We should know by now that no matter how over the top the best-laid plans of Elon Musk seem... well, you just can't dismiss them as wild fantasies likely to slip twixt cup and lip.
Seriously, if someone other than Elon Musk says he envisions a totally new mode of transportation that could move people between the downtowns of Los Angeles and San Francisco (380 miles) in 30 minutes, is not weather dependent, and would never crash, one would have to dismiss that as a Tom Swiftian pipe dream.
But that's just what Elon Musk announced last summer, and today he tweeted that real plans – alpha though those plans may be – for what he calls a Hyperloop transportation system, will be revealed by Aug. 12.
There is no doubt that Musk gets things done. Despite plenty of naysayers (myself included), his Tesla Motors (NASDAQ:TSLA) has managed to produce a luxury plug-in electric sedan approaching long-range viability that has been getting rave reviews from the likes of not only Car and Driver but also Consumer Reports.
The company has also managed to pull a non-GAAP profit out of its hat in this year's first quarter that allowed it to pay off its U.S. government loan early. It also saw its stock price quadruple since the beginning of the year.
If that's not enough, there's Musk's SpaceX, the private company that designs, builds, and successfully launches rockets to make deliveries to the International Space Station, missions that NASA's Space Shuttle used to perform.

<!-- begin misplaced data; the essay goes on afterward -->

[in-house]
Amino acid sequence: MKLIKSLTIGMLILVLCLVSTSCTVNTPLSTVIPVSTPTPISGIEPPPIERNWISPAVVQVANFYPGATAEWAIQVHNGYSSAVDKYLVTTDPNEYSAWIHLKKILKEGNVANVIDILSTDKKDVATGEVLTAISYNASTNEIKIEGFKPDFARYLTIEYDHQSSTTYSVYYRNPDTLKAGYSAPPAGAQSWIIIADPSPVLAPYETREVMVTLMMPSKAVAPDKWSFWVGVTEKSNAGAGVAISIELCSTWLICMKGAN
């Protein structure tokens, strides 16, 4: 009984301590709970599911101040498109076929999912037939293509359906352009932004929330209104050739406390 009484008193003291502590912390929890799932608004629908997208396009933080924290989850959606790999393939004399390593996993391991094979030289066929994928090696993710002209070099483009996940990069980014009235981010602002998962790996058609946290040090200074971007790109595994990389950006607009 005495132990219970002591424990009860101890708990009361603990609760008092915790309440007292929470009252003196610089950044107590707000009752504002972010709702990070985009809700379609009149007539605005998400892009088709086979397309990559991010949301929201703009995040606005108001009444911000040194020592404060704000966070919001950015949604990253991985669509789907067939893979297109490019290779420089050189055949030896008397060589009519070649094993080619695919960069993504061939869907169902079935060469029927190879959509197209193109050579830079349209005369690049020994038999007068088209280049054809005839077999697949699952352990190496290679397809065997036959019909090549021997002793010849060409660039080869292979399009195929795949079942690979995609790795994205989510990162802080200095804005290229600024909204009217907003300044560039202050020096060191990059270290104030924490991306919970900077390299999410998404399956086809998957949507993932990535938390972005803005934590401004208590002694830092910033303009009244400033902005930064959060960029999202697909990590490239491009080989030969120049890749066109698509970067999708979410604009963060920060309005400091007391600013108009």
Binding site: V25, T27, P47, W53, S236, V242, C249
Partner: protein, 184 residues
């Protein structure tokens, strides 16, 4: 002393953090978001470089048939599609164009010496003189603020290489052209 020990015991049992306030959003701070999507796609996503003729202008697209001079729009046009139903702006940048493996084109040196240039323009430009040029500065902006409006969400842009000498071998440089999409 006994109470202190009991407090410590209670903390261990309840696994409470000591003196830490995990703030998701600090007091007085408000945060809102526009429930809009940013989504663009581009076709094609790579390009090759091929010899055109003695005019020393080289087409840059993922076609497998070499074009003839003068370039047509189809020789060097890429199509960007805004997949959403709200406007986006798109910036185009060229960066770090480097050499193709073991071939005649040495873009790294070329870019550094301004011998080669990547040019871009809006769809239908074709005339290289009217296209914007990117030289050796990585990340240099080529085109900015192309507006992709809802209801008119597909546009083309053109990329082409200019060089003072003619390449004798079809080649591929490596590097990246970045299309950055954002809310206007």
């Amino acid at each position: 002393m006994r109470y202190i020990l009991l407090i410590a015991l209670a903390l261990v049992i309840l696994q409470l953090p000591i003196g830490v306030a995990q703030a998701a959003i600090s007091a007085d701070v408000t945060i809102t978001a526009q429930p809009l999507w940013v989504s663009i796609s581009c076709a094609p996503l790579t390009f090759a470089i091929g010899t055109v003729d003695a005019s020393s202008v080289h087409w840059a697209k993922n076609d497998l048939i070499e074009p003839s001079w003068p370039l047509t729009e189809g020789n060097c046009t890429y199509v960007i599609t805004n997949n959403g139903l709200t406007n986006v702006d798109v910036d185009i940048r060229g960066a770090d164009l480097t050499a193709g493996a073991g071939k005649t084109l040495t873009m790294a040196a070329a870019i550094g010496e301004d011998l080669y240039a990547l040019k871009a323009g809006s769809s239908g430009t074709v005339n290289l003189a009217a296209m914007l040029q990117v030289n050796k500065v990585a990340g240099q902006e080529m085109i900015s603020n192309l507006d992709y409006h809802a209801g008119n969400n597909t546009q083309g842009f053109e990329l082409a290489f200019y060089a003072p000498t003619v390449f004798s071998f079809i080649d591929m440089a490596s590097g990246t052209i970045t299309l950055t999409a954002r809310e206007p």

But what in the world is the Elon Musk Hyperloop? He described it at last May's D11 conference as a "cross between a Concorde, a railgun, and air hockey table," a system that would cost "one-tenth of the cost" the planned California high-speed rail project.
He even said last year, when he talked to PandoDaily, that the Hyperloop could be made "self-powering if you put solar panels on it, you generate more power than you would consume in the system. There's a way to store the power so it would run 24/7 without using batteries. Yes, this is possible, absolutely."
There's one thing we do know of the Hyperloop. It won't run in a vacuum tunnel. Musk has already ruled that out. Speculation from Gizmag has the Hyperloop using electromagnetic pulses to push a capsule through a closed pneumatic tube at high subsonic speeds, say around Mach 0.90.
Elon Musk followers, mark Aug. 12 on your calendars as Hyperloop Day. I wouldn't bet on Musk's plans being just Hyperloop hype.